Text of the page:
Be sure to keep a signed copy of the notice you provide to your tenant as proof of service.

Filing a Lawsuit in Court

According to Florida law, this is the next step of the eviction. Filing a lawsuit in court involves the landlord filing a Florida eviction complaint to the appropriate county clerk before the court hearing. We recommend using an e-filing portal as it’s the most convenient way to file a lawsuit.

Before you file your lawsuit be sure your complaint contains your name, your tenant’s name, the rental property address and the legal grounds for the eviction.

After your complaint has been notarized by a county court clerk, a process server will serve your complaint to the tenant. In most cases, the process server is usually the county sheriff or their deputy.

The typical fee for filing an eviction complaint is around $180. You will also need to pay an additional $10 for every summons you serve.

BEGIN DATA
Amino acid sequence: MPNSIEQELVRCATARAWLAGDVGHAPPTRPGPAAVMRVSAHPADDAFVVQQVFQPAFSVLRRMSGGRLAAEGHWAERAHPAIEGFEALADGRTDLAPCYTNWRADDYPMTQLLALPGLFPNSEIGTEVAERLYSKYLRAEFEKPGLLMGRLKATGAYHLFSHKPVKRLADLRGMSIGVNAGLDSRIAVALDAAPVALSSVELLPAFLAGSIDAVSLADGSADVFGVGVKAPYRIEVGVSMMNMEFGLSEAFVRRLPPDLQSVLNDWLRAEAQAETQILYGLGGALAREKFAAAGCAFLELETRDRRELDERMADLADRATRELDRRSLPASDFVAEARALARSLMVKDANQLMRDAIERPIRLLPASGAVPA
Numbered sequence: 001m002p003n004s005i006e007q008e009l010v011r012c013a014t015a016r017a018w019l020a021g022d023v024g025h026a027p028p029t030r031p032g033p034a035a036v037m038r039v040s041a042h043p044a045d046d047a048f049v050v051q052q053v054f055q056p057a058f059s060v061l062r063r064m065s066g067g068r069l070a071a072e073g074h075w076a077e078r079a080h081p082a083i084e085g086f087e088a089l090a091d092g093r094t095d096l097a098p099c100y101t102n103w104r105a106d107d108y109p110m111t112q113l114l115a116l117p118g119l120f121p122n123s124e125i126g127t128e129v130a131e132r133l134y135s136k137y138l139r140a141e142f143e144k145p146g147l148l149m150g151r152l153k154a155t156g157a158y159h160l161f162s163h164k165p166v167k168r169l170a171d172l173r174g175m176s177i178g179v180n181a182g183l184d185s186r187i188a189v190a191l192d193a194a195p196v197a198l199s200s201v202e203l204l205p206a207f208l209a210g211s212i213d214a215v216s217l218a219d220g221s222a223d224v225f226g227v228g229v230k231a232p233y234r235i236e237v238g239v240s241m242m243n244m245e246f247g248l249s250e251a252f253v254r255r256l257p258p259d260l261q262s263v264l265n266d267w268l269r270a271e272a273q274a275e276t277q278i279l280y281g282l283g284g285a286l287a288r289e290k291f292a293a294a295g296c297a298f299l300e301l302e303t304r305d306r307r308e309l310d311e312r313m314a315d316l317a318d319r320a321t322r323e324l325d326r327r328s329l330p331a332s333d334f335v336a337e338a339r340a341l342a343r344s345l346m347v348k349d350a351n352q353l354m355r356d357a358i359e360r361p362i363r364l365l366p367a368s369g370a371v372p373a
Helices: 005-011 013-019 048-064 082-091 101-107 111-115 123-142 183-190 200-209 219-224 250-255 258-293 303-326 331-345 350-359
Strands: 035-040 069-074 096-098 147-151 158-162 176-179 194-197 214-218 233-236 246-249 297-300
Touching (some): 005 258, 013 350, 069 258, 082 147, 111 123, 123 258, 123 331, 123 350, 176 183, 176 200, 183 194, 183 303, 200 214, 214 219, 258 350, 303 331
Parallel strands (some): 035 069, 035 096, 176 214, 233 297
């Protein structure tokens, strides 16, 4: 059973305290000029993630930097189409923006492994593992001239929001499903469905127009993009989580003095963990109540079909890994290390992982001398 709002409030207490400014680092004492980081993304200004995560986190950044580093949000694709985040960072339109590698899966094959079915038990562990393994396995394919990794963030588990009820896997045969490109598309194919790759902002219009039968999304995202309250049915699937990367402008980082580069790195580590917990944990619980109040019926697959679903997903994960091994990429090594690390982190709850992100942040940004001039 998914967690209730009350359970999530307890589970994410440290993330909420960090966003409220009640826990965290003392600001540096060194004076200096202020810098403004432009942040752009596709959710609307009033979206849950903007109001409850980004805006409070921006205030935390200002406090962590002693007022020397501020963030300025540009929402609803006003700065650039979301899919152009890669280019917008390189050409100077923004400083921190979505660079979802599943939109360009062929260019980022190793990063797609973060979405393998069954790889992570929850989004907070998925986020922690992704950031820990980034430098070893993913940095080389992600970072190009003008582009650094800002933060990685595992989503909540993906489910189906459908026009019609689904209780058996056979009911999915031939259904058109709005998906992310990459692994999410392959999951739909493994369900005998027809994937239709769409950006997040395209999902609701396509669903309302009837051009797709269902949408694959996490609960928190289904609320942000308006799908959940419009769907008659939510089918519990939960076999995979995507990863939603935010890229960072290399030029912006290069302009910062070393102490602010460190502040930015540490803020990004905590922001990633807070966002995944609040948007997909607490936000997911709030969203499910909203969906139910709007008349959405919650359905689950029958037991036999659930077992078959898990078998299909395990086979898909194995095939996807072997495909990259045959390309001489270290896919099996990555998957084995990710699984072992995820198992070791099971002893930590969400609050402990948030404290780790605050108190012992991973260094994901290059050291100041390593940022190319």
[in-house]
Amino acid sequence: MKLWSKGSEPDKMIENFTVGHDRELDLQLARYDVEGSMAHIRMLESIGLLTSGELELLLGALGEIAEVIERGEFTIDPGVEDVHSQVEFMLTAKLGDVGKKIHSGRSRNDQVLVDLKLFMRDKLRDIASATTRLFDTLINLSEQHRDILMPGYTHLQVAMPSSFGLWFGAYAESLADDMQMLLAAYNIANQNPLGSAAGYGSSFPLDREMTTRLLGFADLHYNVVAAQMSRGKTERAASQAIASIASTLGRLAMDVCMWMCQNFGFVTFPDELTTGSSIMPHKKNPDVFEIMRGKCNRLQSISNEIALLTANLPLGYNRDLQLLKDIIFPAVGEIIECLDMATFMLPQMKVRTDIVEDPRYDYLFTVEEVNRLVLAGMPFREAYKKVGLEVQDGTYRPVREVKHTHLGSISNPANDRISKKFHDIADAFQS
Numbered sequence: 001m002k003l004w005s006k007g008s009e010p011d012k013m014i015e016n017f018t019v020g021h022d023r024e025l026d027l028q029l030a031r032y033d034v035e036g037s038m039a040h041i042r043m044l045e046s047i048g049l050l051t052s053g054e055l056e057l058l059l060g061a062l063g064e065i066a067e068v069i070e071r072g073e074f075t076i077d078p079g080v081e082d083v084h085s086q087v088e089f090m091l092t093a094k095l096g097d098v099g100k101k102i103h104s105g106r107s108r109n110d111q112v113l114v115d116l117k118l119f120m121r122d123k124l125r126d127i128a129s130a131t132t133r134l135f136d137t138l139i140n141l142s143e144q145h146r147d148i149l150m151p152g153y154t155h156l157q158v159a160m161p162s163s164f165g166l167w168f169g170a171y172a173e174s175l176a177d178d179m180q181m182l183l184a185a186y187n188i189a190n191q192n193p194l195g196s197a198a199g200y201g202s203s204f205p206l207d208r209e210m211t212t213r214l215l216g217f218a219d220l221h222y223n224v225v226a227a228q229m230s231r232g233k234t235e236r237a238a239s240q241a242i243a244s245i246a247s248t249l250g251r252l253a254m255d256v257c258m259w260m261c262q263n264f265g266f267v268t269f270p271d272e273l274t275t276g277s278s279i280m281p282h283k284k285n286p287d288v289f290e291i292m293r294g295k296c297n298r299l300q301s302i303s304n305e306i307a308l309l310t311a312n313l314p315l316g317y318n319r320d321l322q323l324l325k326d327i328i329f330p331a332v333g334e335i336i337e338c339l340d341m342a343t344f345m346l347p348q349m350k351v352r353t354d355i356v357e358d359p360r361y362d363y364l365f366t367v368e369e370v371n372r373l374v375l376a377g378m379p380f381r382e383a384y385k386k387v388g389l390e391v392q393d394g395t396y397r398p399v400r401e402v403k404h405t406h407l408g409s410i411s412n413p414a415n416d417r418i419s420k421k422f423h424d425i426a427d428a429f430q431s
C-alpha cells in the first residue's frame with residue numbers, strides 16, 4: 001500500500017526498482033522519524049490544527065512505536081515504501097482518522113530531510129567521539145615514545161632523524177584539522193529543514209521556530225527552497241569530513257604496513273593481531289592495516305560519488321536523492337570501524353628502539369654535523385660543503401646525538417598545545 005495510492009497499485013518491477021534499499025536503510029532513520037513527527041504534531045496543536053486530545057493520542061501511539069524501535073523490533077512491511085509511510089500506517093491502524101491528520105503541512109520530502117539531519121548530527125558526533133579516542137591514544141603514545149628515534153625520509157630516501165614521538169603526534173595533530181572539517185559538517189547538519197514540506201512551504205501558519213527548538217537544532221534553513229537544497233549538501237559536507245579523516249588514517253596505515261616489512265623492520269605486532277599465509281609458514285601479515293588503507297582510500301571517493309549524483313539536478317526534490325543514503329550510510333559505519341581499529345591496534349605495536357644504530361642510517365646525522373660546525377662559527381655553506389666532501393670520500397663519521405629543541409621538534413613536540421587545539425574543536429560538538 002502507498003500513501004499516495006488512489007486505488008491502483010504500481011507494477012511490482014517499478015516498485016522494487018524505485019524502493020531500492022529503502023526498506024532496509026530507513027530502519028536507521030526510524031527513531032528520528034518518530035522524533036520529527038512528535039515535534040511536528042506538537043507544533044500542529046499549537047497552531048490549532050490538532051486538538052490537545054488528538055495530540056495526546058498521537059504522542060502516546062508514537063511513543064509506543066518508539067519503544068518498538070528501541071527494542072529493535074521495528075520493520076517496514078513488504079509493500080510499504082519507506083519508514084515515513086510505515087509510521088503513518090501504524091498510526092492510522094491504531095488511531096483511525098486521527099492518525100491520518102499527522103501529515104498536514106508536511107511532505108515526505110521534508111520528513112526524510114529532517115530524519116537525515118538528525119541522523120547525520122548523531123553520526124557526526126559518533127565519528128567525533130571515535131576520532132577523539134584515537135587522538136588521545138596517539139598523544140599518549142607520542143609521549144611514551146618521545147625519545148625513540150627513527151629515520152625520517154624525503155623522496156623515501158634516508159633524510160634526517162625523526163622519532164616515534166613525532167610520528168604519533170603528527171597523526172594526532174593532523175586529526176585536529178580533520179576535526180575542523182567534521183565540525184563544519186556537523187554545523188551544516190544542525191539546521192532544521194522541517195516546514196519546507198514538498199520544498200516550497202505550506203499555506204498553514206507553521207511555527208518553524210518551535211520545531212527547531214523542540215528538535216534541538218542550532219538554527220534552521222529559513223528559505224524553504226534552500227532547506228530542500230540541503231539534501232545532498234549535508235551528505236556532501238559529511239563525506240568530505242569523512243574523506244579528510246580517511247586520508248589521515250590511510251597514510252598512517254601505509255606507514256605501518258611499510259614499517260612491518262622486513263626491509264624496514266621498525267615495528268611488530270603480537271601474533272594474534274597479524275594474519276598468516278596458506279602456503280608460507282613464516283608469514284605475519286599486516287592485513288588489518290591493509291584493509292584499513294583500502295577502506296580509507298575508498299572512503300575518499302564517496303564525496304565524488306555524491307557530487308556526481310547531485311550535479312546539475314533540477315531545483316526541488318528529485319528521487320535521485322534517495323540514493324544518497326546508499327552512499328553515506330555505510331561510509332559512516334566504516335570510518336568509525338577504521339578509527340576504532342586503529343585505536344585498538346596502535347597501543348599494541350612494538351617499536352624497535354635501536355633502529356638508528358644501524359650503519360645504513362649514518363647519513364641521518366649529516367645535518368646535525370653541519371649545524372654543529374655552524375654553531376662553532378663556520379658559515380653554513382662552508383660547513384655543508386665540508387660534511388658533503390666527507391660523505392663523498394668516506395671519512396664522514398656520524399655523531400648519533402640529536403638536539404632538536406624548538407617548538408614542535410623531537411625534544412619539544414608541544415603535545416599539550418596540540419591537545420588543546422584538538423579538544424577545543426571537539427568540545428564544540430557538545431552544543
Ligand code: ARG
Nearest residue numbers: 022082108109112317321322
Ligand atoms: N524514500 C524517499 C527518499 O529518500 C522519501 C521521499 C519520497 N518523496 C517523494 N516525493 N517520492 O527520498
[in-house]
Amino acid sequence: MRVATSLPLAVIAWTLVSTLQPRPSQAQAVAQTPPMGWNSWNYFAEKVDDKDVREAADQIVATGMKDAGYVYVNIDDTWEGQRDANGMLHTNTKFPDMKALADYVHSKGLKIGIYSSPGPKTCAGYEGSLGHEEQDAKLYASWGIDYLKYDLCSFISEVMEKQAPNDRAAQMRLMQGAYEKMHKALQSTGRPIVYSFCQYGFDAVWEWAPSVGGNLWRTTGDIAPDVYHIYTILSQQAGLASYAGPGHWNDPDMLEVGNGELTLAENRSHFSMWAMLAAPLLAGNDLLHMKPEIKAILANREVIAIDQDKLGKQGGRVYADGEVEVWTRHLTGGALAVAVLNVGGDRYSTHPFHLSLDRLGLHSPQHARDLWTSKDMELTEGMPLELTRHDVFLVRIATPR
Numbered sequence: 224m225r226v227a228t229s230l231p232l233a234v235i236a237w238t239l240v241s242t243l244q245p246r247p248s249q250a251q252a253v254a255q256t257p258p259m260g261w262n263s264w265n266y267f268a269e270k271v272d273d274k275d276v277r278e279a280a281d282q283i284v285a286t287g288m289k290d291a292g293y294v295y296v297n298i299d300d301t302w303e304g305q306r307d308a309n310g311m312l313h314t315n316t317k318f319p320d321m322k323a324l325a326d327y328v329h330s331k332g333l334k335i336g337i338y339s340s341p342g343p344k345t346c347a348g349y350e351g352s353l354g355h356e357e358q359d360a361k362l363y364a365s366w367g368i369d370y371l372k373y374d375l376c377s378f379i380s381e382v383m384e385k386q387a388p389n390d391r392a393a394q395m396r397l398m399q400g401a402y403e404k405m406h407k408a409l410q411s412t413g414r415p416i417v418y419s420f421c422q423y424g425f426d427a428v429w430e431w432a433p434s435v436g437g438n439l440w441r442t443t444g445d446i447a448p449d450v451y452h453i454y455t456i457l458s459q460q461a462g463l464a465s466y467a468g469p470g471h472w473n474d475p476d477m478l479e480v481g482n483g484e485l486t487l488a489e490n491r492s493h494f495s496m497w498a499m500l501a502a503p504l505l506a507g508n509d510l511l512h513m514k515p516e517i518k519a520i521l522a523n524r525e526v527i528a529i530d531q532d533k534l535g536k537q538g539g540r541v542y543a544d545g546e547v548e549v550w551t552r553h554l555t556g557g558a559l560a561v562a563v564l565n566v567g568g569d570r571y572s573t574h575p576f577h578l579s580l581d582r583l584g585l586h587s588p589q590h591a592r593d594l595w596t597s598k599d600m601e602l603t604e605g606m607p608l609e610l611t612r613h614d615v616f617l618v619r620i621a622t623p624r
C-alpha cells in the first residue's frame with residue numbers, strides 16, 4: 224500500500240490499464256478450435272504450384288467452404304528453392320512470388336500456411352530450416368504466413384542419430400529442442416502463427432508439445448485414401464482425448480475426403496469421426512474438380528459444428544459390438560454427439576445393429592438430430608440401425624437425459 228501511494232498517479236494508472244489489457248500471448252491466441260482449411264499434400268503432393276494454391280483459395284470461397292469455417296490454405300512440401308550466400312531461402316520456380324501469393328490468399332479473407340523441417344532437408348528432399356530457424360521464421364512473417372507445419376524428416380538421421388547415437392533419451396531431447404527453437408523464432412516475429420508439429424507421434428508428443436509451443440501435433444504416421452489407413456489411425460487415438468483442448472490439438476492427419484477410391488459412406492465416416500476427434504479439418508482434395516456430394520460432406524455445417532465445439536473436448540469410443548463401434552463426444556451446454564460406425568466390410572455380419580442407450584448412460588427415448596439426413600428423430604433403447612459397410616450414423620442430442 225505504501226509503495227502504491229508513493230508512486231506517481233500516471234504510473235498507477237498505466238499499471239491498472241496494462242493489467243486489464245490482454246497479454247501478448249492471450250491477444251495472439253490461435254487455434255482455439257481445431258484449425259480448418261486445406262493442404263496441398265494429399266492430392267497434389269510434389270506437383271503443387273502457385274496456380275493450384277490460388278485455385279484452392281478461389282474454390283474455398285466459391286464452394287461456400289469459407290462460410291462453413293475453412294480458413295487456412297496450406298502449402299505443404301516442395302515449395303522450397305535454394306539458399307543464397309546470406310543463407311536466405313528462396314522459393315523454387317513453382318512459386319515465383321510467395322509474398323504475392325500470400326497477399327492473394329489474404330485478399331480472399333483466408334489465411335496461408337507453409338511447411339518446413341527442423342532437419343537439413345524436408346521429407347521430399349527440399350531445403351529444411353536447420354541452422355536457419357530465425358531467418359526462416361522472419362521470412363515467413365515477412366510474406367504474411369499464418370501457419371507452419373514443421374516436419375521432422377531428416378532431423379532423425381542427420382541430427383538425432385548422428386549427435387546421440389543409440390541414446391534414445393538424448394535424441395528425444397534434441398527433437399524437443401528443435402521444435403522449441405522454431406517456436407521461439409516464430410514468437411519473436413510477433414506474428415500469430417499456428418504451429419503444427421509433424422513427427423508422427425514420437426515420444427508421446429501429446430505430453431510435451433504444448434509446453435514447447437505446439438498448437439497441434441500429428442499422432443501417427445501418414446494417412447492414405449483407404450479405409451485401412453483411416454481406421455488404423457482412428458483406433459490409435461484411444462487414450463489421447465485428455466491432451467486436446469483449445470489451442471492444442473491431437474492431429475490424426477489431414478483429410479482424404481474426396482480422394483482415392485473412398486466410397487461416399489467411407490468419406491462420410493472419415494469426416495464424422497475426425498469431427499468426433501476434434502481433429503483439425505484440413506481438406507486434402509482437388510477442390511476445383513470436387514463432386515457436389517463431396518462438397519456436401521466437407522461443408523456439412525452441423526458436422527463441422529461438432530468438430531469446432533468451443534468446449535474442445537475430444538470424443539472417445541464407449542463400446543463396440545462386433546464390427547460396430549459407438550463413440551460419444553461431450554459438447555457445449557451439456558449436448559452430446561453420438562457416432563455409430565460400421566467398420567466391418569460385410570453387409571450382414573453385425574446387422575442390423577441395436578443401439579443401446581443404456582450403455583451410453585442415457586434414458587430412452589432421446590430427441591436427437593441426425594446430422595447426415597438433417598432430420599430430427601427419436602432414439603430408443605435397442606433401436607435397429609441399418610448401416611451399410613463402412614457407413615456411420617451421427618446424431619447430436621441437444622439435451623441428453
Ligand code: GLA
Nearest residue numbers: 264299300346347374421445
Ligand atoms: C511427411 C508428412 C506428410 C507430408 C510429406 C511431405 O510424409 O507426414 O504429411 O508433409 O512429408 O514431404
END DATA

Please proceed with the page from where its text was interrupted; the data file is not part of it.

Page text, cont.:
Tenants in Florida have a right to respond to the complaint they have been served with. When a tenant contests the complaint it must be in writing and they will need to file it with the court’s clerk within 5 days of receiving the complaint.

In order to contest an eviction through a Florida eviction lawsuit, a tenant must have a legally justified reason, such as:

  • The landlord attempted to evict tenants from the property using self-help methods, such as removing the tenant’s belongings from the property.
  • The tenant fixed their curable violation but the landlord still continued with the eviction process in Florida.
  • The eviction was filed for discriminatory reasons against the tenants who rent the unit.
  • The landlord decided to evict a tenant as retaliation for tenant exercising one of their legal rights.